Is Your Anxiety Worse at Night?

5 reasons your anxiety might increase at night, and what you can do about it
Medically Reviewed by
Dr Hamilton
Close-up of a bedside table with a clock reading 2:40am. A man rubs his face in the background, unable to sleep because of nighttime anxiety
Source: Shutterstock

It’s common for anxiety to get worse at night: your phone stops chiming quite so often, the world outside your home quiets down, the lights go out…and your heart rate goes up.

Nobody knows for sure why anxiety symptoms often increase at night, but there are some commonly-held theories, and it’s certainly nothing unusual. For some people, it manifests as an increase in obsessive or negative thoughts, while others feel a more direct effect on their nervous systems or even suffer from nocturnal panic attacks.

Whether you have an anxiety disorder or you’re just going through a short-term increase in evening anxiety, the lack of sleep can make your days much harder. It’s worth seeking advice, diagnosis, or treatment from an expert to help you reclaim your nights and improve your days.

Get help with your nighttime anxiety — join Youper today

An anxious woman sits on the floor in the dark, covering her face
Source: Pixabay user 1388843

5 reasons you might see an increase in your anxiety at night

  1. Fewer distractions. It’s a simple answer, but in some cases, it’s also the right one. Most of us live busy lives during the day, but all that noise dies down as the sun sets — leaving a lot of room for anxious thoughts to crowd in.
  2. Difficulty falling or staying asleep. Sleep disorders and anxiety are common bedfellows, feeding off each other to send people into a vicious cycle of not sleeping, worrying about not sleeping, and then being unable to sleep from worry.
  3. Too many stimulants before bed — here’s looking at you, post-dinner cappuccino — can interrupt your sleep habits, increase your heart rate, and cause your mind to race.
  4. Certain medical conditions, such as menopause, can make nighttime anxiety more likely. You might also be more likely to notice and fixate on bodily aches and pains while lying in bed, which can cause health anxiety.
  5. Worry about the near future. It’s not just the Sunday Scaries that can keep us up; anxiety about the day to come can attack any day of the week.

Ways you can reduce your anxiety after hours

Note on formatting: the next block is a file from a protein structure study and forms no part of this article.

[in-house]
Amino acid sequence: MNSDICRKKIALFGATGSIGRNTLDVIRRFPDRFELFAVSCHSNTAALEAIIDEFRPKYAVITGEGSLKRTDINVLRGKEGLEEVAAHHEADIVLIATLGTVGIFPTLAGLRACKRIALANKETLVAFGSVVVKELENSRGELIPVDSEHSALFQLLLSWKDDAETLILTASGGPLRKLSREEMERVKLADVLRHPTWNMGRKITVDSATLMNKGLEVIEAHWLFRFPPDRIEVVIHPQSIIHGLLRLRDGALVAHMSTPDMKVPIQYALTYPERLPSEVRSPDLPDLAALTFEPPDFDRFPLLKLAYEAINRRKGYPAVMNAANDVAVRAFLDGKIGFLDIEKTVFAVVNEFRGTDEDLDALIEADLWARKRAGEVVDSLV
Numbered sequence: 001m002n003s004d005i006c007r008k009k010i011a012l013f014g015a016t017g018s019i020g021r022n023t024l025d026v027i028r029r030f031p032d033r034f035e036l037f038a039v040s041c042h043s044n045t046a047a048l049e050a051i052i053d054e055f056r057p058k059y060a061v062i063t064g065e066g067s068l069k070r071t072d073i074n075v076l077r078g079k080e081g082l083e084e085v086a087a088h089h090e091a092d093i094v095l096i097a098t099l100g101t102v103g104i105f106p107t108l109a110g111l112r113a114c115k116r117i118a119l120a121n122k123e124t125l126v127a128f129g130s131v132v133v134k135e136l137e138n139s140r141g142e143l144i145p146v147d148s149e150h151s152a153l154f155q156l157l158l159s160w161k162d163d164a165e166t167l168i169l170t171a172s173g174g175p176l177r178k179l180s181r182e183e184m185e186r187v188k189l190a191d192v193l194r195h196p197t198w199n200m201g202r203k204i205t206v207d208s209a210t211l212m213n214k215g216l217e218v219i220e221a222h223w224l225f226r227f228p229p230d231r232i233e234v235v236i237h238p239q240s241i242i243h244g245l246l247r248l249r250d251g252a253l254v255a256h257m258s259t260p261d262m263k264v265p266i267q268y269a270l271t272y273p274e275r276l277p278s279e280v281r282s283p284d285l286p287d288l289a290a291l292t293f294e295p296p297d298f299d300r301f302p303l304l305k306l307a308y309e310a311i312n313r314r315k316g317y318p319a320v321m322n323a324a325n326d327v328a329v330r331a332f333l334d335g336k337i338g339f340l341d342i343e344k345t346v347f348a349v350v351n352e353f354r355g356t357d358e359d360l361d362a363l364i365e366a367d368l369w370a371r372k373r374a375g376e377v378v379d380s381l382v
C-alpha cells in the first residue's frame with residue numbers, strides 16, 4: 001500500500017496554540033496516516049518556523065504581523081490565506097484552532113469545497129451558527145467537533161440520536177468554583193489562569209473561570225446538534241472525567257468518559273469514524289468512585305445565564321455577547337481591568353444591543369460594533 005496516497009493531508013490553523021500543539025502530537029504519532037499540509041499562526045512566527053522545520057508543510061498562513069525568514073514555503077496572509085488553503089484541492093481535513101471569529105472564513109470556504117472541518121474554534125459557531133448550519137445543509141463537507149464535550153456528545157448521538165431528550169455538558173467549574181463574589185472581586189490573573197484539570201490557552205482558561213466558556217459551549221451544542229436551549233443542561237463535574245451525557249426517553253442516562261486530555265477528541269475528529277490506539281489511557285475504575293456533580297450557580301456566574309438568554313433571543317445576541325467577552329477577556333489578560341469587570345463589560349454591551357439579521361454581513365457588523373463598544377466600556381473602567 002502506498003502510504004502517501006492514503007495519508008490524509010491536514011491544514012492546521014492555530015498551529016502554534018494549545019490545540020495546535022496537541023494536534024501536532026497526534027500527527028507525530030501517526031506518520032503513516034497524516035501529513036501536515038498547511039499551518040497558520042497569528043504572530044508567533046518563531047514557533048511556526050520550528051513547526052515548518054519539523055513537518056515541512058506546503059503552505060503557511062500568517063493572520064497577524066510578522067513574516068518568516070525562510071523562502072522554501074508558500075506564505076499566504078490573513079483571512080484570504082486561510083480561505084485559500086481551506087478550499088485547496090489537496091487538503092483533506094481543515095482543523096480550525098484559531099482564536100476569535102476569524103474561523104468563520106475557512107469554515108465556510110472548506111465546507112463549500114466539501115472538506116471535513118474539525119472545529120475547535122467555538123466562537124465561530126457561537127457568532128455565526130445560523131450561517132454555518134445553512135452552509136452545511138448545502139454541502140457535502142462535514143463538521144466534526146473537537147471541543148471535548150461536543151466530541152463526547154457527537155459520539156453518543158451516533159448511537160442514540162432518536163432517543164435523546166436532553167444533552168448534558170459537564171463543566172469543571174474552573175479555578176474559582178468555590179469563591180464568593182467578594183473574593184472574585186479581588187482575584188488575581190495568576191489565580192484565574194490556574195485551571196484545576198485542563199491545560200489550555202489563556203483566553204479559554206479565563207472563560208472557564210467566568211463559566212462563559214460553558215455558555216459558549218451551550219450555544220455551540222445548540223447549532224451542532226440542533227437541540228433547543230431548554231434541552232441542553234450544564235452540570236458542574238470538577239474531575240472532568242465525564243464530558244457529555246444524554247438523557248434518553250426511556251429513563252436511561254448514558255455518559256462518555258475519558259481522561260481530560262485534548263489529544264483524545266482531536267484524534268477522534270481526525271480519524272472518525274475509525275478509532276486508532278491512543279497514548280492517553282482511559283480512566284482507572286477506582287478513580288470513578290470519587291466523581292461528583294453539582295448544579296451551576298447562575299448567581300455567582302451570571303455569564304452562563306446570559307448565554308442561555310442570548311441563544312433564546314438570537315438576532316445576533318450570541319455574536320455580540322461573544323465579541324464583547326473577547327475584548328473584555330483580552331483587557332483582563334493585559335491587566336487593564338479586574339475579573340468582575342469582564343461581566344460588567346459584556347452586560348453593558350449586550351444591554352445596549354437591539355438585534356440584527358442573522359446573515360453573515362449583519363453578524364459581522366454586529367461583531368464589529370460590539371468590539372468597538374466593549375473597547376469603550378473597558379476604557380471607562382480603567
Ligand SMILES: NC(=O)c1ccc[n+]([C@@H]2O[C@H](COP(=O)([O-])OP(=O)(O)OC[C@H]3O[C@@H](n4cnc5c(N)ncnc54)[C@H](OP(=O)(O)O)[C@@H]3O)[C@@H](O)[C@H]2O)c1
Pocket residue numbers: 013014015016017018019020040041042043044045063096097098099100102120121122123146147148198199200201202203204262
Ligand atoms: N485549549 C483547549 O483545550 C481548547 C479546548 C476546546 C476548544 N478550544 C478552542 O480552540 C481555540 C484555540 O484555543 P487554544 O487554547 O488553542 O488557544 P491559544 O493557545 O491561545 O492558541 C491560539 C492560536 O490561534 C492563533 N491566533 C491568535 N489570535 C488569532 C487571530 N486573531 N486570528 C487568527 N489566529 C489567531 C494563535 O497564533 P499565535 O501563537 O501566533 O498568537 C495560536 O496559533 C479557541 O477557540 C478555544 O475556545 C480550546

If you’re experiencing more anxiety at night than during the day, you might be frustrated that you can’t get help from a therapist or medical provider (or even a friend). It can be isolating, going through these things while the rest of your community slumbers peacefully.

But there are some tools and techniques you can use on your own to soothe your anxiety and fall asleep more easily. Here are a few self-treatment options you might try:

  • Better sleep hygiene. You’ve probably heard this one before, but it always bears repeating: the blue light on your phone and laptop screens can mess up your sleep, so try to put the devices down an hour before bedtime. Other ways to improve your sleep hygiene include installing dark curtains to block out streetlights, diffusing a calming scent like lavender in your bedroom, and making sure the temperature in the room isn’t too warm.
  • Meditation and breathing exercises. Not only can breathing exercises calm your nervous system in the moment, but getting into a routine of meditating before bed can have cumulative positive effects over time.
  • Journaling or writing a to-do list. This is especially helpful for those of us who stay up late worrying about tomorrow. Getting all those worries or thoughts about what we need to do down on paper can help our minds release their grip on them.
  • Listen to a podcast or audiobook to help you fall asleep. This can replace some of the distractions you might usually lean on during the day, and most listening apps have a sleep timer to automatically pause the recording after a certain amount of time.
  • Create a bedtime routine. This might combine some of the elements above, such as lavender oil or meditation, but what’s most important is that it’s consistent, so that it becomes a cue for your body that it’s time to sleep. A warm bath, soft pajamas, a cup of decaf tea, and calming music are all great options too.

And there’s another tool available to you if you’re still feeling trapped in the dark with your negative thoughts: Youper’s therapy chat is available 24/7, so you can get the support you need at all hours of the day, even if that means texting in the depths of night. You don’t have to suffer alone. 

If your anxiety is worse at night, you’re not the only one — many people find their symptoms increase as the day winds down. You can get the support you need, even outside normal office hours, with Youper’s round-the-clock therapy chat.

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